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Posts Tagged ‘service sector’

How often have we heard it said by conservative pundits and talk radio personalities that unemployed Americans are inclined to refuse menial work, apparently content to accept government handouts? The list of supposed “shall nots” are numerous: Americans won’t bus tables, clean hotel rooms, harvest crops and, in general, bust our chops. On the flip side, how many times have liberals argued that undocumented labor has little to no adverse impact on American job prospects?

In one key respect, the two sides seemingly agree: American-born workers won’t take “those jobs” anyhow, whereas the undocumented workforce contributes to cheaper goods and services — such are the hands that infuse America with entrepreneurial spirit, after all.

Never mind the reality: The bulk of today’s job growth takes place in the service sector — precisely where the legal and undocumented alike mingle.

But what does one make of it when “reality” is beholden to stereotypes — perceptions so routine, we scarcely question them? (more…)

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Joe the Plumber: The Real Untouchable

Curt Eysink is an unpopular man.

Less than three months after assuming his post as executive director of the Louisiana Workforce Commission, he told a panel charged with overhauling the state’s higher education system: “We’re producing a workforce that we cannot employ in Louisiana.”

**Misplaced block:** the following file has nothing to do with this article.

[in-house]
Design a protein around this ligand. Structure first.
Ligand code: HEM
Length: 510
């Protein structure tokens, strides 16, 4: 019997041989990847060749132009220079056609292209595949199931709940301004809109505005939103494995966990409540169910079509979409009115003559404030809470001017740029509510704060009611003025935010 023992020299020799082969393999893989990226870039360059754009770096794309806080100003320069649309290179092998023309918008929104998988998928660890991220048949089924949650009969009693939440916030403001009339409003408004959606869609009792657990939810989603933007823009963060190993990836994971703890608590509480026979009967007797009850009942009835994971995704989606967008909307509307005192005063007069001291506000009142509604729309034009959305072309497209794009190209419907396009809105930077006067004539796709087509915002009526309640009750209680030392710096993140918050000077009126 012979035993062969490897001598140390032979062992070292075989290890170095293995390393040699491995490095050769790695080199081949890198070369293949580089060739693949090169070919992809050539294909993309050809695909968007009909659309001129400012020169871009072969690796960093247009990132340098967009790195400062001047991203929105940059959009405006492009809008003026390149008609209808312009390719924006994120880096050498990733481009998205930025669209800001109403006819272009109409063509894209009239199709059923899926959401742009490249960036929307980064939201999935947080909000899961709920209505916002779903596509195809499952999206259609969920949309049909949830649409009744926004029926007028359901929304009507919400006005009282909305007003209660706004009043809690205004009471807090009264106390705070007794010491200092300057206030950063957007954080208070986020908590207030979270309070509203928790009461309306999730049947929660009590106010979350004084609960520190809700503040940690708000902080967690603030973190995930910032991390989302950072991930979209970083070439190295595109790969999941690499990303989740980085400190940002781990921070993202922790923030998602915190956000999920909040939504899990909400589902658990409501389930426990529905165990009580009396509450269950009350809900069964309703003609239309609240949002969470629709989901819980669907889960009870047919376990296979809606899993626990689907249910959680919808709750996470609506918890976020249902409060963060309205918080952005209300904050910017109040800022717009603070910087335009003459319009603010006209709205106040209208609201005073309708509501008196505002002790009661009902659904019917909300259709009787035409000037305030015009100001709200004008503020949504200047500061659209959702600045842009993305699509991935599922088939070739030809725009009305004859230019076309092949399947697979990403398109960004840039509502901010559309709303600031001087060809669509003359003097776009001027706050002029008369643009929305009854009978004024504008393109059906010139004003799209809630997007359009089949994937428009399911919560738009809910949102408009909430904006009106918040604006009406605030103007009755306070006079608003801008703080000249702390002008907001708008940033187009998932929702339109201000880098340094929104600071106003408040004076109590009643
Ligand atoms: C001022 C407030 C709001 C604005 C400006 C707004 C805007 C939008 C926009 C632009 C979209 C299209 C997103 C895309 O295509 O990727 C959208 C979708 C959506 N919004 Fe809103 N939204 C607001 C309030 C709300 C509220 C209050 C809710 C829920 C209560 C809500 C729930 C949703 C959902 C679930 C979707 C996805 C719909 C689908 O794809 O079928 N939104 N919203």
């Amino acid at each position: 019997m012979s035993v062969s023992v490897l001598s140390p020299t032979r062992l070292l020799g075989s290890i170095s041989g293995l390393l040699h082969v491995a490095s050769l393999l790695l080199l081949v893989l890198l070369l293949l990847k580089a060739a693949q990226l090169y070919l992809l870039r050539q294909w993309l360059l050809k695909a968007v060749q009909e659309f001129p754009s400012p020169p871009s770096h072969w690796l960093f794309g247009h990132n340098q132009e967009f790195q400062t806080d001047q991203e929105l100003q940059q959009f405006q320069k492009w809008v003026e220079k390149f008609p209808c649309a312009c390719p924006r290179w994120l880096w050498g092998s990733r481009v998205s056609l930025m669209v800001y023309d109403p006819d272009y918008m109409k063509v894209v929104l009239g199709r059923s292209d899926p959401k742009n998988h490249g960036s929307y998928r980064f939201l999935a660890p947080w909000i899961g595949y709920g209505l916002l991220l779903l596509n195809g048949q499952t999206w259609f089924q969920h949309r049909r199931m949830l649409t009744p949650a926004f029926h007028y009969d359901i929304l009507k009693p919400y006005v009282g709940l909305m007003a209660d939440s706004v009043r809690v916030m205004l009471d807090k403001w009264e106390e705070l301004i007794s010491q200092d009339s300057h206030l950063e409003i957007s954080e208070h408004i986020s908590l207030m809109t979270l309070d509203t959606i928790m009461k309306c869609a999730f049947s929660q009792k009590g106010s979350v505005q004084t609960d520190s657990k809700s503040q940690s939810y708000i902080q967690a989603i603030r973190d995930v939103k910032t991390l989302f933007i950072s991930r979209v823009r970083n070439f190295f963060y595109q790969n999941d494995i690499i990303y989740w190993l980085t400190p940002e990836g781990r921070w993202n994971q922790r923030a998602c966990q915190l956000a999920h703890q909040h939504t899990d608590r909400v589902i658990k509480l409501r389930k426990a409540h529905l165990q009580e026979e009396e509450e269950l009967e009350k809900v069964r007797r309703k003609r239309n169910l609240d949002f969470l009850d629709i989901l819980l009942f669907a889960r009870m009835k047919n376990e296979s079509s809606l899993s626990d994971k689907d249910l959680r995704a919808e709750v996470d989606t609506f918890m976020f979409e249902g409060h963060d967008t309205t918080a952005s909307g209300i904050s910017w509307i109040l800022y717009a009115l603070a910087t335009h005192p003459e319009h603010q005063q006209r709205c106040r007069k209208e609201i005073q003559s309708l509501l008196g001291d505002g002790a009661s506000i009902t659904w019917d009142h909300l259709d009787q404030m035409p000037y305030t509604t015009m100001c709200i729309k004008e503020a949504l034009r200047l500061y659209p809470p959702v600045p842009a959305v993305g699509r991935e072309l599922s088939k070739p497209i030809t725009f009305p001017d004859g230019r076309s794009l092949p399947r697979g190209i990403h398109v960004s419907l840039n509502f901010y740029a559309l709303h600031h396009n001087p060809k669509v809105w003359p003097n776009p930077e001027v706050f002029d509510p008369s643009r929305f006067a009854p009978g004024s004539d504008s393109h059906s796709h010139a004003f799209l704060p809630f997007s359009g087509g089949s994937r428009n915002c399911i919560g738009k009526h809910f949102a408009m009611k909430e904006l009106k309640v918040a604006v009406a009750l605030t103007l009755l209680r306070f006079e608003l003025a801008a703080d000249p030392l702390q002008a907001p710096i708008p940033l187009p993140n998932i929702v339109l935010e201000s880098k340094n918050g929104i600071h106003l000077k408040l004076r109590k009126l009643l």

The problem? Too many four-year college grads and not enough low-skill and vocational trade workers.

Where is the job growth?

The service industry.

“[O]ccupational forecasts that show the state will produce 10,312 more four-year graduates than there are jobs to fill between 2008 and 2016, while at the same time there are 3,892 more jobs available requiring associates’ or technical degrees than there are people to fill them, ” reports Jan Moller of the Times Picayune.

Fairly or not, such news equates in Americans’ minds with sub par wages. And low-wage prospects make Americans see red.

“If I saw the strongest growth area was ushers, lobby attendants and ticket-takers, I’d leave Louisiana too,” said Belle Wheelan, president of the Southern Association of Colleges and Schools.

(more…)

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